The world has been looking closer at Afghanistan after it was seized by Taliban on August 15th and the militant group began their administration. India was amongst one of those countries which has been silent for a few days to decide whether to support the group or reject its legitimacy. However recently the Indian government opened about their first formal meeting with the Taliban in Doha, where they discussed the issues closely.
India’s First Meet With Taliban
Indian ambassador to Qatar Deepak Mittal, representing the Indian MEA, met with the head of the Taliban’s political office, Sher Mohammad Abbas Stanekzai, on Tuesday. This meeting shows that the Government of India has softened its stance on the Taliban.
Indian envoy in Doha- Ambassador Deepak Mittal
While Indian security officials and diplomats are understood to have engaged with Taliban representatives for several months, this is the first time the government has publicly acknowledged such a meeting which, the MEA said, came at the request of the Taliban. Officials said that the request came as Taliban leaders have been keen to receive some “acceptability”, and that India remains “cautious” about its approach to the group.
Afghanistan Should Not Administer Anti-Indian Activities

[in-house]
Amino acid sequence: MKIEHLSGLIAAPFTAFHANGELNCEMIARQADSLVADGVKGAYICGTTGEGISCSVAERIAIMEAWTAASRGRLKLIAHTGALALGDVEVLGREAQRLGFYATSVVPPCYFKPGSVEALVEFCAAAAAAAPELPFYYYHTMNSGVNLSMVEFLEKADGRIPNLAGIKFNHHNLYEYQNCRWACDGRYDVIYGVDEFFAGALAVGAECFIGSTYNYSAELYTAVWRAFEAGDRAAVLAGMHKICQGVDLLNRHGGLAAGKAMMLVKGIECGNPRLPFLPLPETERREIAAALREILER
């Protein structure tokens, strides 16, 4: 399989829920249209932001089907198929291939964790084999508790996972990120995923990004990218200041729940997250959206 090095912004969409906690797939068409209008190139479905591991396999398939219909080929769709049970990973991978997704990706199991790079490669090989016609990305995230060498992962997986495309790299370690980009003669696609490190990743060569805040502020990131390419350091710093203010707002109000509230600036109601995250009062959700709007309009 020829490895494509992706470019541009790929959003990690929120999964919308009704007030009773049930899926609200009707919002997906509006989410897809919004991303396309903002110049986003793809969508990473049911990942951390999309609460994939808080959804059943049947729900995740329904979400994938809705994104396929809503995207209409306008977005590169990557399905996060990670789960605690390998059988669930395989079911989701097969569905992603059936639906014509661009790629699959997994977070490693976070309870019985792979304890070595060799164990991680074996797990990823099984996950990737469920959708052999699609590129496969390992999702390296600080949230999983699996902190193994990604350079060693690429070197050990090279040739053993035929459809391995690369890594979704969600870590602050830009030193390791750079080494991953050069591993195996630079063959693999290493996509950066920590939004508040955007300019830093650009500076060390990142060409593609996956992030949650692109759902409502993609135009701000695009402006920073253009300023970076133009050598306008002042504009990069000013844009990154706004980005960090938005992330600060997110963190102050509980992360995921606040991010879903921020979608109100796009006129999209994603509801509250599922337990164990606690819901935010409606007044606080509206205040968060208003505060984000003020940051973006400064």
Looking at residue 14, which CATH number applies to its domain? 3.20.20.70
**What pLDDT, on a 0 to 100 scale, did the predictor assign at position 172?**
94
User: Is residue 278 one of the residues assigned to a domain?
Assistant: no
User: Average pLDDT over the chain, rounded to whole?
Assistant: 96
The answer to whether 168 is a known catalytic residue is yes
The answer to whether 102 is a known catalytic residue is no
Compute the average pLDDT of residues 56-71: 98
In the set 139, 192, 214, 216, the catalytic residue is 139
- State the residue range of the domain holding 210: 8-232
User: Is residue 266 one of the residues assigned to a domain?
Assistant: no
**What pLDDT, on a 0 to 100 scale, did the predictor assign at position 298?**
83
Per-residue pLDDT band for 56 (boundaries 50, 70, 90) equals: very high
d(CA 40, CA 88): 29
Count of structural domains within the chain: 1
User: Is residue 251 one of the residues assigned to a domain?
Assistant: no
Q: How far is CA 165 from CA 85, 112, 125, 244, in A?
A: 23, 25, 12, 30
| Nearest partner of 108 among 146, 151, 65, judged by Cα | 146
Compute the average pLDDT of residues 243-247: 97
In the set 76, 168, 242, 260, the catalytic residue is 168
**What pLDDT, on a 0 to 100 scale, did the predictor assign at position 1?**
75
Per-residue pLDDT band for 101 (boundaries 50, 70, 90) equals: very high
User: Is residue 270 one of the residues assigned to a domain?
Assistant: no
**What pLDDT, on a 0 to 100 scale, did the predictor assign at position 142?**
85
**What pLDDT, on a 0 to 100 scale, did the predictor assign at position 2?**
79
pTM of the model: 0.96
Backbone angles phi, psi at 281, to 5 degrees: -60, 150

The ministry of external affairs released an official statement which quoted; “Discussions focused on safety, security and early return of Indian nationals stranded in Afghanistan. The travel of Afghan nationals, especially minorities, who wish to visit India also came up”.
Mittal , the Indian ambassador strictly advised the the Taliban counterpart that; “Afghanistan’s soil should not be used for anti-Indian activities and terrorism in any manner.” Reacting to the above statement Taliban assured the Indian side that they will defray from such illegal activities and won’t advocate any such practises from any other countries as well. Taliban also asked Mittal to stay connected with Taliban and resume the Indian activities in Afghanistan, Sheru asked the Indian side to sustain all the trade related activities and development projects in their country.
About 140 Indians and members of the Sikh minority still remain in Kabul, and need to be brought back. India has thus far transported 565 people, including 112 Afghan nationals to Delhi. The numbers have been far lower than other countries like the U.S., which has evacuated 1,22,000 people, including more than 1,00,000 Afghan nationals. Well this seems a bright ray of hope for the Indian side, but time will decide whether it’s a truce or a trap ?